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The Subaru EJ253 engine has been chosen due to its compact design, with offset but opposing horizontal cylinders allowing the engine to sit very low, in our case, in the rear of the car, giving us a fighting chance to utilise the back seats in some way retaining an element of practicality.
Obviously some adaptation is required to accommodate a 4 cylinder 2.5 litre engine given the engine bay back in the day only had to host an aircooled 2 cylinder circa 500cc motor, with its deemed, period sufficient 12 BHP. Later models would see 17 BHP and 21 BHP, but dimensionally the engine remained unchanged.
The conversion primarily has been designed to retain the iconic lines with minimal bodywork changes. Unsurprisingly concessions have had to be made for water cooling and the significantly larger Subaru Legacy engine and gearbox. However when you consider the then sportier original 500 models, the 595 and 695, utilised two substantial brackets holding the boot lid open permanently to facilitate cooling and stability to cope with 37 BHP, our changes are very discrete by way of comparison.
Whilst we could have followed the Abarth engineers lead and just winged it, subtly disguised changes facilitate the conversion and are not easily visible externally, and the boot lid can close as normal. It is not unusual to cause a little bewilderment at fuel stations when a disbelieving motorist asks what’s in the back. This never gets old!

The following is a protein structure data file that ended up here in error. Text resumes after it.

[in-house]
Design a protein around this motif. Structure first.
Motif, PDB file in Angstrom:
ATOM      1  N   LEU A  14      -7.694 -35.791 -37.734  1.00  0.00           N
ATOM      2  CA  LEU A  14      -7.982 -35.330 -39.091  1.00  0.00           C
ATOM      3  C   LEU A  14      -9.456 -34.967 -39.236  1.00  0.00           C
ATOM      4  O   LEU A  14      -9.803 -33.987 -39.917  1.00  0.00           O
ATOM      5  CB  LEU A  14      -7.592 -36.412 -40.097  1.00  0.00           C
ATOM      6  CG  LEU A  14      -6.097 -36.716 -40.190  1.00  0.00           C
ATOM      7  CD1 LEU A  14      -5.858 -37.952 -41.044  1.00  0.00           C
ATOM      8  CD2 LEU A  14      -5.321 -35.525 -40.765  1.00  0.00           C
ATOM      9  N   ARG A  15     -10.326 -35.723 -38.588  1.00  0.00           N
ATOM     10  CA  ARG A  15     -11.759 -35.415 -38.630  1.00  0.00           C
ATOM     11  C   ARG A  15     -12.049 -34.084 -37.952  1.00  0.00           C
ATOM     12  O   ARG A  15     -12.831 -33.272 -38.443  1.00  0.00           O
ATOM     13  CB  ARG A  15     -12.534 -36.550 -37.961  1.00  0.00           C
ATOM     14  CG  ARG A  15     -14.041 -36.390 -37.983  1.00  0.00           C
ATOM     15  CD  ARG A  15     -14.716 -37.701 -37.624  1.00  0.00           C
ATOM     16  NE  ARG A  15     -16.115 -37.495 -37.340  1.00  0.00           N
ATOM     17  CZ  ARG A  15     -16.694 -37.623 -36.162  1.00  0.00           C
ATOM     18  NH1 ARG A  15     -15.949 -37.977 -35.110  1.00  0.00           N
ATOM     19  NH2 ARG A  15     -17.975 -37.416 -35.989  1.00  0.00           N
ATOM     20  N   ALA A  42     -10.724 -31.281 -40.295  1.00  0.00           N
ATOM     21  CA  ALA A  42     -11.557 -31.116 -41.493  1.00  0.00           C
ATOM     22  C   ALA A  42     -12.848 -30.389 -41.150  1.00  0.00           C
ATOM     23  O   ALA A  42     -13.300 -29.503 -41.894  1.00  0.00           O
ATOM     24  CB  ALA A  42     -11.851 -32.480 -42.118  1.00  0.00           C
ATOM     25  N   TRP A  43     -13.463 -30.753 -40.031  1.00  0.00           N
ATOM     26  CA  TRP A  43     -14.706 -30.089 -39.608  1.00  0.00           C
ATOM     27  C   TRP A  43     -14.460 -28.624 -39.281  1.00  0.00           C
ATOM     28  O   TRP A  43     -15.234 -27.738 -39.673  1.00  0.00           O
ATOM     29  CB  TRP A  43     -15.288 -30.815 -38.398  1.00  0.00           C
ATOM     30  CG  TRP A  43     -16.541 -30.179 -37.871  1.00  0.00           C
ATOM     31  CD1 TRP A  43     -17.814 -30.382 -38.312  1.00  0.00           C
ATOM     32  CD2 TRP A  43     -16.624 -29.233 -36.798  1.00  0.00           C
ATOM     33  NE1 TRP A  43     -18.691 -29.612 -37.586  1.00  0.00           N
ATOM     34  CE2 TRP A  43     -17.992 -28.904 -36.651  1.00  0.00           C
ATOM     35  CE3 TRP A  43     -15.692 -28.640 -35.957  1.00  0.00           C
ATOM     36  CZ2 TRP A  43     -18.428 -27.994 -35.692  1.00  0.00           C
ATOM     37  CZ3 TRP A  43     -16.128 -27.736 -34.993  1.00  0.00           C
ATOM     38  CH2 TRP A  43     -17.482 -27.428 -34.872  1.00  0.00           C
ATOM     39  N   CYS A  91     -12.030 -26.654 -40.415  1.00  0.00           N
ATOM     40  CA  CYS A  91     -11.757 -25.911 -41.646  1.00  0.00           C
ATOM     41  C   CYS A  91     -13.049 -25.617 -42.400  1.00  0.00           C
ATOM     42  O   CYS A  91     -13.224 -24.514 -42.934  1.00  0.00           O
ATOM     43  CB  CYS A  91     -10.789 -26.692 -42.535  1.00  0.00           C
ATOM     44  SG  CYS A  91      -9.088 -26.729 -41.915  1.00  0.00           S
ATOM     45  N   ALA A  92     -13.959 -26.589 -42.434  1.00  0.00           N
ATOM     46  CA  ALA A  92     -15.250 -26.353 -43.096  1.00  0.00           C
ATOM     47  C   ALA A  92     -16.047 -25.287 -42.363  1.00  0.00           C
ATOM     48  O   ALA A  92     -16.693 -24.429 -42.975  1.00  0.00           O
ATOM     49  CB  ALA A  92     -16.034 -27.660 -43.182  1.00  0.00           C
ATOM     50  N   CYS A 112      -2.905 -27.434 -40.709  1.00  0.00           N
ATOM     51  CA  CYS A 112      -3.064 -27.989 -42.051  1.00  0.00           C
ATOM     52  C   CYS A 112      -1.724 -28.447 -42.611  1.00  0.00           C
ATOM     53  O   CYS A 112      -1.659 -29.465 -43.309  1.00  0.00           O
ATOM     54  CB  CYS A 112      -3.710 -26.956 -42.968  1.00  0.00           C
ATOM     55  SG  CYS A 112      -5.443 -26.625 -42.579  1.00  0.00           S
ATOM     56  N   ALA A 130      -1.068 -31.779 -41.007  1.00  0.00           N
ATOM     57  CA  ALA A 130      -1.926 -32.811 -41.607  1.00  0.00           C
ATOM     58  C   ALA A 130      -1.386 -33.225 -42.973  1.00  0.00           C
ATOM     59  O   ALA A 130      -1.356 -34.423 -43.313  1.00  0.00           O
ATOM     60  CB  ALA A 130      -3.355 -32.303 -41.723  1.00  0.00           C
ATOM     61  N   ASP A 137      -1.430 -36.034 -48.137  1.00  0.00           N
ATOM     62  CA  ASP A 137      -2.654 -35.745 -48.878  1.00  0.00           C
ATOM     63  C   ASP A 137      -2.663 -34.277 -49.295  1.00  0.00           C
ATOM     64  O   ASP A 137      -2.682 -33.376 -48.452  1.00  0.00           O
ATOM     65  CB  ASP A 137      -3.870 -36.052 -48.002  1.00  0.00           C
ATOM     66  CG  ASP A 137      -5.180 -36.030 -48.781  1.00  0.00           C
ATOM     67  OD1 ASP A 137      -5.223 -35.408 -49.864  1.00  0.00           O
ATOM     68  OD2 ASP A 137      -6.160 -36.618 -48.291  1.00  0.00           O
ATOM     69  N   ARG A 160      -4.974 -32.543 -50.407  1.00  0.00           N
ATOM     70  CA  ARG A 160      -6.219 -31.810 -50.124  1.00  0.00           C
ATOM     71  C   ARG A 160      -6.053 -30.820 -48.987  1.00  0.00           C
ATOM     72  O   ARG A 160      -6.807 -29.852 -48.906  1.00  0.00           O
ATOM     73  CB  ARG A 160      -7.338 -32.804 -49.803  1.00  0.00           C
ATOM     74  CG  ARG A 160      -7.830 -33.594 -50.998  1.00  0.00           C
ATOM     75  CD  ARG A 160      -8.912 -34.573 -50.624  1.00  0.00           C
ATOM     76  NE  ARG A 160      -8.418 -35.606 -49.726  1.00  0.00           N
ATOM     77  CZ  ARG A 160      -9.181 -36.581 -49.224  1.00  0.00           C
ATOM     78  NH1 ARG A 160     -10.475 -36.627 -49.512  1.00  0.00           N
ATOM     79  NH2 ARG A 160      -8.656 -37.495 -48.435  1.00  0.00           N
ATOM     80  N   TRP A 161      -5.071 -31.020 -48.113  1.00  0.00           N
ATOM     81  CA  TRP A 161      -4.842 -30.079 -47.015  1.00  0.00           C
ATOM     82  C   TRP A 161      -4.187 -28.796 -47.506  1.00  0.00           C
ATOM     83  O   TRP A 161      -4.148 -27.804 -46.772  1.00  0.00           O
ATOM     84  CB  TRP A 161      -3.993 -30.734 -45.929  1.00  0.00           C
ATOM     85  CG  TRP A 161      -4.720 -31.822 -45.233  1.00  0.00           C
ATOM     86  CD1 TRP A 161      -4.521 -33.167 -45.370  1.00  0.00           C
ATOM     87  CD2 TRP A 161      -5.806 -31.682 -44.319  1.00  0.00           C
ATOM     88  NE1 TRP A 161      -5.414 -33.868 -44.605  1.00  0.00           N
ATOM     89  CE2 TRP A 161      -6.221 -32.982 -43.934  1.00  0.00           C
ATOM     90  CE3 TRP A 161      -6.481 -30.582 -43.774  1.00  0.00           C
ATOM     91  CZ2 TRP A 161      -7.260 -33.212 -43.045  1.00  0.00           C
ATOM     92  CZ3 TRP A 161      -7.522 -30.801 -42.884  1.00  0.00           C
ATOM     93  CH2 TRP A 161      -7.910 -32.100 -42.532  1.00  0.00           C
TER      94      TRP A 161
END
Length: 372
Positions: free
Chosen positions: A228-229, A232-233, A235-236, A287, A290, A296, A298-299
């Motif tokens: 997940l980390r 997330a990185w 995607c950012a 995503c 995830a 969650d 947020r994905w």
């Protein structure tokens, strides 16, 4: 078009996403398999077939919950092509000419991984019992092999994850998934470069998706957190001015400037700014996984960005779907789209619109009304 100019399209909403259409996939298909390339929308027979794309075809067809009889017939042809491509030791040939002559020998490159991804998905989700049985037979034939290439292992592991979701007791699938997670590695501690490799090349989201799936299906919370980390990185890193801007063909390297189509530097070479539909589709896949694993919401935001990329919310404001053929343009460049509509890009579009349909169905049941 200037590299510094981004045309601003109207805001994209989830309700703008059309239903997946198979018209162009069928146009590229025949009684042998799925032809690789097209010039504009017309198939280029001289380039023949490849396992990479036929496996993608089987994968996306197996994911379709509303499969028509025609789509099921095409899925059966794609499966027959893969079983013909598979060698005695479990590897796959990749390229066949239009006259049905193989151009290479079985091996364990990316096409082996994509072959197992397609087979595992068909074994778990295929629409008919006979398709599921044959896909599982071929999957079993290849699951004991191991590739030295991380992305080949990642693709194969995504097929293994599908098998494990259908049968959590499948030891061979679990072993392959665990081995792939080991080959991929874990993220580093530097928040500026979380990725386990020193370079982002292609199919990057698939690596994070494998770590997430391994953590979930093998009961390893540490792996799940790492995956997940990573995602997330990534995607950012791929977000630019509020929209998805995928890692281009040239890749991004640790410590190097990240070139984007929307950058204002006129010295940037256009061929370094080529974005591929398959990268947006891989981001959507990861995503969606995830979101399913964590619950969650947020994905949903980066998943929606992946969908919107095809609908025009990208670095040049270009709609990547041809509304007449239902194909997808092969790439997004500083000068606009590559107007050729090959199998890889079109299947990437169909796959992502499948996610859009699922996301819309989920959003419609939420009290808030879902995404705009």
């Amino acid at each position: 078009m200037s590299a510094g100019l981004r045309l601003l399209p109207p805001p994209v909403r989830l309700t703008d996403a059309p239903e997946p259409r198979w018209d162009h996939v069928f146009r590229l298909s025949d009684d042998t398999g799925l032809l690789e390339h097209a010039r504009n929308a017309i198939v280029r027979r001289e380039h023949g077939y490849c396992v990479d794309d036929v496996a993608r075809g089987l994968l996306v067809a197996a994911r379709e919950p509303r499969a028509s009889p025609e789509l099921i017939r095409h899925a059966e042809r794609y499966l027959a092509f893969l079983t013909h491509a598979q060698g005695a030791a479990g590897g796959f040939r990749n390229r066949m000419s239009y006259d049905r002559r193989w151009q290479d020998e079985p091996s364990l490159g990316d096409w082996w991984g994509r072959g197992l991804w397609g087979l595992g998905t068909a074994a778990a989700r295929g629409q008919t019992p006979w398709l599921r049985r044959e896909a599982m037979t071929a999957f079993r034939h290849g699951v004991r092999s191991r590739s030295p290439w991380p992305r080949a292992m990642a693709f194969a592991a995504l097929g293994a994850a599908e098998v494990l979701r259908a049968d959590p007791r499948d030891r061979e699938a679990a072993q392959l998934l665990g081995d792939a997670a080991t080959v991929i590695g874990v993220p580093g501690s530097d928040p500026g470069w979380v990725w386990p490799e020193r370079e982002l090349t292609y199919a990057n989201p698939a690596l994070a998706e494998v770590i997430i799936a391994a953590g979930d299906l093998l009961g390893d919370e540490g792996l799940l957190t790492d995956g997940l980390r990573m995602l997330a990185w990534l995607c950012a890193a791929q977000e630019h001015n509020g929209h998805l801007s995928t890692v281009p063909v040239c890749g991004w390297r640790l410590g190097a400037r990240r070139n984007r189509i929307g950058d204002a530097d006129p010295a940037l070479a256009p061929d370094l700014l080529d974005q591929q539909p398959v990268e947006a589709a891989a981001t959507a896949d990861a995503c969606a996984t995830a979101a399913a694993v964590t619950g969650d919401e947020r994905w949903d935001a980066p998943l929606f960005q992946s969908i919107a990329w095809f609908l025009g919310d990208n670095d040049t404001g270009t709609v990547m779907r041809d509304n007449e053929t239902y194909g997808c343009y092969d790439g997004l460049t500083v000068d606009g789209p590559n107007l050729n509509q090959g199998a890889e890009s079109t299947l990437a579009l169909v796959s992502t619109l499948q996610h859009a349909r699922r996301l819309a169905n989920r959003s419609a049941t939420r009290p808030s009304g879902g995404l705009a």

With the engine rotated 180° this means the engine fits snuggly into the engine bay with minimal alterations to the bodywork, so much so the rear seat can be retained.
The dramatic increase in performance necessitates an uprating of the front suspension, with cross drilled solid disks. Having tested the more powerful Hayabusa which has the brakes with this configuration, we feel this would be up to the task. If we wanted to upgrade, we would change the pads for a harder material. A vented front disk upgrade is also available.
The steering box is replaced with a Mini rack and gives better feel and gives the driver more confidence that the quicker steering would facilitate more control given the performance capabilities of the conversion. This addresses the ponderous, vague steering of the original set-up.
The switch to a water-cooled engine means a front mounted radiator would be required. We have chosen to not be too aggressive on the cooling risking overcompensating for air flow through the radiator with a more pronounced aperture or front grill, which can detract from the look of the 500 in our view.
The EJ253 Subaru unit is our preferred engine for the Fiat 500 being a compact unit and facilitates keeping the standard look and retaining the practicality of the original car including the bulkhead and rear seats. Rated at 165 - 173 BHP, this would give the 500 a power to weight ratio of circa 250 BHP per tonne, our demo car is less due to the specification.
Put into context this on par with countless sports cars and more than most if not all the latest hot hatchbacks. In short, one might say this is sufficient. When you factor in the power consumed by the removed ancillaries (power steering and AC) and the removal of the catalytic convertor by way of our optional sports exhaust, an extra 15-20 BHP will be available.